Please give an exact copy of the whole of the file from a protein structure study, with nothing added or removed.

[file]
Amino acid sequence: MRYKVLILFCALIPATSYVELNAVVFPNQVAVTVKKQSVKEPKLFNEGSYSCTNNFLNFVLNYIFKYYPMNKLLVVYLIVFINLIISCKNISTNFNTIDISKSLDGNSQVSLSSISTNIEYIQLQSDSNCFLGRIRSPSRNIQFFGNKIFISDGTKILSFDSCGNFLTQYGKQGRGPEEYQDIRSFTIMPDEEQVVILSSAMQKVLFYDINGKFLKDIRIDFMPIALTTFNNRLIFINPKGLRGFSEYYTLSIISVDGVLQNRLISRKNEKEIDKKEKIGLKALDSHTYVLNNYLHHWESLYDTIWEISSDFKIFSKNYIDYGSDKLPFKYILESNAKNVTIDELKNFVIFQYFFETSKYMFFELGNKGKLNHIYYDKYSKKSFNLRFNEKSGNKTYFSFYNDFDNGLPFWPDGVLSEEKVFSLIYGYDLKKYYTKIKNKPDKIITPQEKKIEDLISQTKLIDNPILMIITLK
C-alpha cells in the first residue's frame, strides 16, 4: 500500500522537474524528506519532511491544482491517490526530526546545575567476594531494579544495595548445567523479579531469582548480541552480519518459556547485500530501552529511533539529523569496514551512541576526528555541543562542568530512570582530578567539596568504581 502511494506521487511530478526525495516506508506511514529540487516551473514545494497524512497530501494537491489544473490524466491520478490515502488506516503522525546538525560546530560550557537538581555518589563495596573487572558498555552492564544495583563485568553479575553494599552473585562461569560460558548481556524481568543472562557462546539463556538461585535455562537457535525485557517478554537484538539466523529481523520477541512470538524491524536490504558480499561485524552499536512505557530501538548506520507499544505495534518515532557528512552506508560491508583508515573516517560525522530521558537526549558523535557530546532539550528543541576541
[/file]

Amino acid sequence: MRYKVLILFCALIPATSYVELNAVVFPNQVAVTVKKQSVKEPKLFNEGSYSCTNNFLNFVLNYIFKYYPMNKLLVVYLIVFINLIISCKNISTNFNTIDISKSLDGNSQVSLSSISTNIEYIQLQSDSNCFLGRIRSPSRNIQFFGNKIFISDGTKILSFDSCGNFLTQYGKQGRGPEEYQDIRSFTIMPDEEQVVILSSAMQKVLFYDINGKFLKDIRIDFMPIALTTFNNRLIFINPKGLRGFSEYYTLSIISVDGVLQNRLISRKNEKEIDKKEKIGLKALDSHTYVLNNYLHHWESLYDTIWEISSDFKIFSKNYIDYGSDKLPFKYILESNAKNVTIDELKNFVIFQYFFETSKYMFFELGNKGKLNHIYYDKYSKKSFNLRFNEKSGNKTYFSFYNDFDNGLPFWPDGVLSEEKVFSLIYGYDLKKYYTKIKNKPDKIITPQEKKIEDLISQTKLIDNPILMIITLK
C-alpha cells in the first residue's frame, strides 16, 4: 500500500522537474524528506519532511491544482491517490526530526546545575567476594531494579544495595548445567523479579531469582548480541552480519518459556547485500530501552529511533539529523569496514551512541576526528555541543562542568530512570582530578567539596568504581 502511494506521487511530478526525495516506508506511514529540487516551473514545494497524512497530501494537491489544473490524466491520478490515502488506516503522525546538525560546530560550557537538581555518589563495596573487572558498555552492564544495583563485568553479575553494599552473585562461569560460558548481556524481568543472562557462546539463556538461585535455562537457535525485557517478554537484538539466523529481523520477541512470538524491524536490504558480499561485524552499536512505557530501538548506520507499544505495534518515532557528512552506508560491508583508515573516517560525522530521558537526549558523535557530546532539550528543541576541